The year before George W. Bush took office as president I attended a professional conference where a graduate student offered a paper that posed the question whether Arthur M. Schlesinger, Jr.'s "Imperial Presidency" was still valid. Quite a debate ensued. Today, in the wake of the Bush Doctrine of preemptive war, and its application in Iraq, I am compelled to offer that this revised volume, with new introduction, answers the previous question with a resounding yea. This has been a very important volume in the study of the presidency, especially regarding the constitution, foreign policy, and war. In the shadow of the Iraqi affair, I would go one step further and say it is a vital work in these troubled times. No, the era of the Imperial Presidency never really went away; and yes, it is a vital concern for the future of the republic and global stability. Schlesinger has recognized this and once again warns us of pending dangers.
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7 of 8 people found the following review helpful By William Whipple III VINE VOICE on June 20, 2012
Format: Paperback Verified Purchase
Note: The Imperial Presidency was published in 1973, not long before President Nixon resigned over the Watergate scandal. The author subsequently revisited the theme several times, as attested to by the epilogue (1989) and first introduction (2004) in this edition.

As Schlesinger sees it, there is bound to be some jockeying for power under the US Constitution, which provides for a separation of powers between the three branches of government. Given the president's ability to act quickly and decisively, the pendulum generally swings in favor of the Executive Branch when it comes to military matters or international relations. Congress may play a more prominent role in the domestic arena.

Numerous illustrations are presented of how the roles of Congress and the president have fluctuated since 1789. Many issues between the branches that we tend to view as of recent vintage have come up before - truly, as the saying goes, "there is nothing new under the sun."

The powers of the presidency greatly expanded during the Great Depression and World War II, due in part to the challenges faced by the nation and in part to FDR's personality.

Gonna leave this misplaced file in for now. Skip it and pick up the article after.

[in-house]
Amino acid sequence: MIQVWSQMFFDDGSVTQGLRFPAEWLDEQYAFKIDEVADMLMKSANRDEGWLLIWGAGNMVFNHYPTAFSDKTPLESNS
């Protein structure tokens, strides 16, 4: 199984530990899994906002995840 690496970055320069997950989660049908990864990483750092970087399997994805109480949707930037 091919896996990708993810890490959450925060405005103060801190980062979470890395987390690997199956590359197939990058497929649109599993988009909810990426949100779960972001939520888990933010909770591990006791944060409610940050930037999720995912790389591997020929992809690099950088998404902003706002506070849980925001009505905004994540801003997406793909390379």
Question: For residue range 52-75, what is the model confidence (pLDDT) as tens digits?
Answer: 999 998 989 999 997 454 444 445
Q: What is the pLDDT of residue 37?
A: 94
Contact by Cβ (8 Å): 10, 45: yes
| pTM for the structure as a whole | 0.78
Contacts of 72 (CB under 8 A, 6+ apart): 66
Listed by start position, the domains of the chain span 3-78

After WWII, the pendulum did not swing back to more congressional control as it had after previous wars; the US was now a world power engaged in a Cold War with the USSR. Truman and Johnson tended to exercise their powers aggressively in the international arena and resist compromises with political opponents. Eisenhower was no fan of big government, but he was fond of keeping secrets. Kennedy (in whose White House Schlesinger served) was open-minded and straightforward, a real straight shooter.
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6 of 8 people found the following review helpful By John Fix on March 26, 2003
Format: Hardcover
Although this book focuses on Richard Nixon's abuse of Presidential power, it can apply to the present day as well. Reagan, Bush, Clinton, and Bush have all extended the power of the Presidency in ways the framers of the Constitution would never have dreamed of. I agree with the reviewer who commented about the favoritism towards Kennedy and Roosevelt hence the four stars rather than five. A great read for anyone interested in the American Constitution as it relates to the powers of the President.
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1 of 1 people found the following review helpful By Orlando Citizen on May 23, 2007
Format: Paperback
We read this in college and it was one of the best books we ever saw on American politics and I read it again last week. Ir shows that it is not a good idea always to have presidents who get too powerful.